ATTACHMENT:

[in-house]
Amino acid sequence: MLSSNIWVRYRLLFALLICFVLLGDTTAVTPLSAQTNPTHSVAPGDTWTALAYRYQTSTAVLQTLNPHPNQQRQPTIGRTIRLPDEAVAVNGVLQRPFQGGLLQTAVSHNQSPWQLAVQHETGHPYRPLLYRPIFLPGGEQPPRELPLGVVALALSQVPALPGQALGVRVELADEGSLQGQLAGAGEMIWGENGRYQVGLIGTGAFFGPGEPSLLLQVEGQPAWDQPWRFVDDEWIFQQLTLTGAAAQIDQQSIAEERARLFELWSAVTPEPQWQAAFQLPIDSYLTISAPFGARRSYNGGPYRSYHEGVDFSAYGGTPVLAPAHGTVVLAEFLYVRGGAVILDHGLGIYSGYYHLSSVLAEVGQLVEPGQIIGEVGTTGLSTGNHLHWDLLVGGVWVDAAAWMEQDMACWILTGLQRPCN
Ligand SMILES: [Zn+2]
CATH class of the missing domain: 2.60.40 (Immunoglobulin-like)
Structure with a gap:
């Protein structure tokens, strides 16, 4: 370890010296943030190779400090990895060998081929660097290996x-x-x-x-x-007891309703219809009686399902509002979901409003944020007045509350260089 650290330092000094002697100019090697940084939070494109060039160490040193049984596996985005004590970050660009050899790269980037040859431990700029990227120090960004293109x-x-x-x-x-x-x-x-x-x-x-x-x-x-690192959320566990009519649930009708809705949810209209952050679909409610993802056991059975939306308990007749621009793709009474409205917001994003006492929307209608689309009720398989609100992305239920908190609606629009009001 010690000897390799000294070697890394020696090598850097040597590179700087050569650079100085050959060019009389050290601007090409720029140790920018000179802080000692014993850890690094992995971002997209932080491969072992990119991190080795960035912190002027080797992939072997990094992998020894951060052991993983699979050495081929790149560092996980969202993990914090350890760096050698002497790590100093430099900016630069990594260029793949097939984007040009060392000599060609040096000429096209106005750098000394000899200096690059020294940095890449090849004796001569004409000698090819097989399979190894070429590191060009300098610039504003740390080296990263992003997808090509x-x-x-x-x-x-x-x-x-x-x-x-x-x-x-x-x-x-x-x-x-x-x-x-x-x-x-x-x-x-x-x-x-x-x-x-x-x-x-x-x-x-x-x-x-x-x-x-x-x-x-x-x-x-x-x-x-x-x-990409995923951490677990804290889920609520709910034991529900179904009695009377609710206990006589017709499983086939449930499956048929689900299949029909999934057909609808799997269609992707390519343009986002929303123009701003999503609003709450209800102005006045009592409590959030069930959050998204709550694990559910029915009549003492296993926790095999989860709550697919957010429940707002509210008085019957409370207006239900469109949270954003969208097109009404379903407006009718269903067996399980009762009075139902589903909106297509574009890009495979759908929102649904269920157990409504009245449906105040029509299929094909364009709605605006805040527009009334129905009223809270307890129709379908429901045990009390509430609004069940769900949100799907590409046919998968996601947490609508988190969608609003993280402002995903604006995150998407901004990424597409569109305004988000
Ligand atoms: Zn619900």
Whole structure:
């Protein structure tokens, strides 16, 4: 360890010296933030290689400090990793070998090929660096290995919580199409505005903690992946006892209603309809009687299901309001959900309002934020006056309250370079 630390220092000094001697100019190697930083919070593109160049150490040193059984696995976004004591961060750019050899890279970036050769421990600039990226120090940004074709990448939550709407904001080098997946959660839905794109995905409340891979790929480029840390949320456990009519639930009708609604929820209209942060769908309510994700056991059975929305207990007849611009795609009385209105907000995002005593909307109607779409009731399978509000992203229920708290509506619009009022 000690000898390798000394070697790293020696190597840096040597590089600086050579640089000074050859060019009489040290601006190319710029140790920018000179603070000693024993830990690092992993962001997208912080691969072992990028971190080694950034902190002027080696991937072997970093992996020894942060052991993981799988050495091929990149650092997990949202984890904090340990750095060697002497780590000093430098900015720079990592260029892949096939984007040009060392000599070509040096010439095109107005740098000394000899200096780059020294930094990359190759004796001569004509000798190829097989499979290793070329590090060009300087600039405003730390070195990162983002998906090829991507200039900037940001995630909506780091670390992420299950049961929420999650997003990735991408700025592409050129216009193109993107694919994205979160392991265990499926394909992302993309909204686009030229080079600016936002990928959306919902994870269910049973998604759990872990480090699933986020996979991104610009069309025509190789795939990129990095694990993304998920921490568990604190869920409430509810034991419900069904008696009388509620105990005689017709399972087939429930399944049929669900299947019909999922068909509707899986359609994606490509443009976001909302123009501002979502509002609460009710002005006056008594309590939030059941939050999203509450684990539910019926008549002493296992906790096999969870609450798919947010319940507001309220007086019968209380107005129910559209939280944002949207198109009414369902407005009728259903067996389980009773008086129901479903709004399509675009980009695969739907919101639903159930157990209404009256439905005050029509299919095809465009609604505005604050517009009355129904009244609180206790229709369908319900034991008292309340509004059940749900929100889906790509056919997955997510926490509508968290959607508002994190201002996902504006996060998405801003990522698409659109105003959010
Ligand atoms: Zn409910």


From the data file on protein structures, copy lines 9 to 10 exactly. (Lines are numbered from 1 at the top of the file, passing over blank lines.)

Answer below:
């Protein structure tokens, strides 16, 4: 360890010296933030290689400090990793070998090929660096290995919580199409505005903690992946006892209603309809009687299901309001959900309002934020006056309250370079 630390220092000094001697100019190697930083919070593109160049150490040193059984696995976004004591961060750019050899890279970036050769421990600039990226120090940004074709990448939550709407904001080098997946959660839905794109995905409340891979790929480029840390949320456990009519639930009708609604929820209209942060769908309510994700056991059975929305207990007849611009795609009385209105907000995002005593909307109607779409009731399978509000992203229920708290509506619009009022 000690000898390798000394070697790293020696190597840096040597590089600086050579640089000074050859060019009489040290601006190319710029140790920018000179603070000693024993830990690092992993962001997208912080691969072992990028971190080694950034902190002027080696991937072997970093992996020894942060052991993981799988050495091929990149650092997990949202984890904090340990750095060697002497780590000093430098900015720079990592260029892949096939984007040009060392000599070509040096010439095109107005740098000394000899200096780059020294930094990359190759004796001569004509000798190829097989499979290793070329590090060009300087600039405003730390070195990162983002998906090829991507200039900037940001995630909506780091670390992420299950049961929420999650997003990735991408700025592409050129216009193109993107694919994205979160392991265990499926394909992302993309909204686009030229080079600016936002990928959306919902994870269910049973998604759990872990480090699933986020996979991104610009069309025509190789795939990129990095694990993304998920921490568990604190869920409430509810034991419900069904008696009388509620105990005689017709399972087939429930399944049929669900299947019909999922068909509707899986359609994606490509443009976001909302123009501002979502509002609460009710002005006056008594309590939030059941939050999203509450684990539910019926008549002493296992906790096999969870609450798919947010319940507001309220007086019968209380107005129910559209939280944002949207198109009414369902407005009728259903067996389980009773008086129901479903709004399509675009980009695969739907919101639903159930157990209404009256439905005050029509299919095809465009609604505005604050517009009355129904009244609180206790229709369908319900034991008292309340509004059940749900929100889906790509056919997955997510926490509508968290959607508002994190201002996902504006996060998405801003990522698409659109105003959010
Ligand atoms: Zn409910």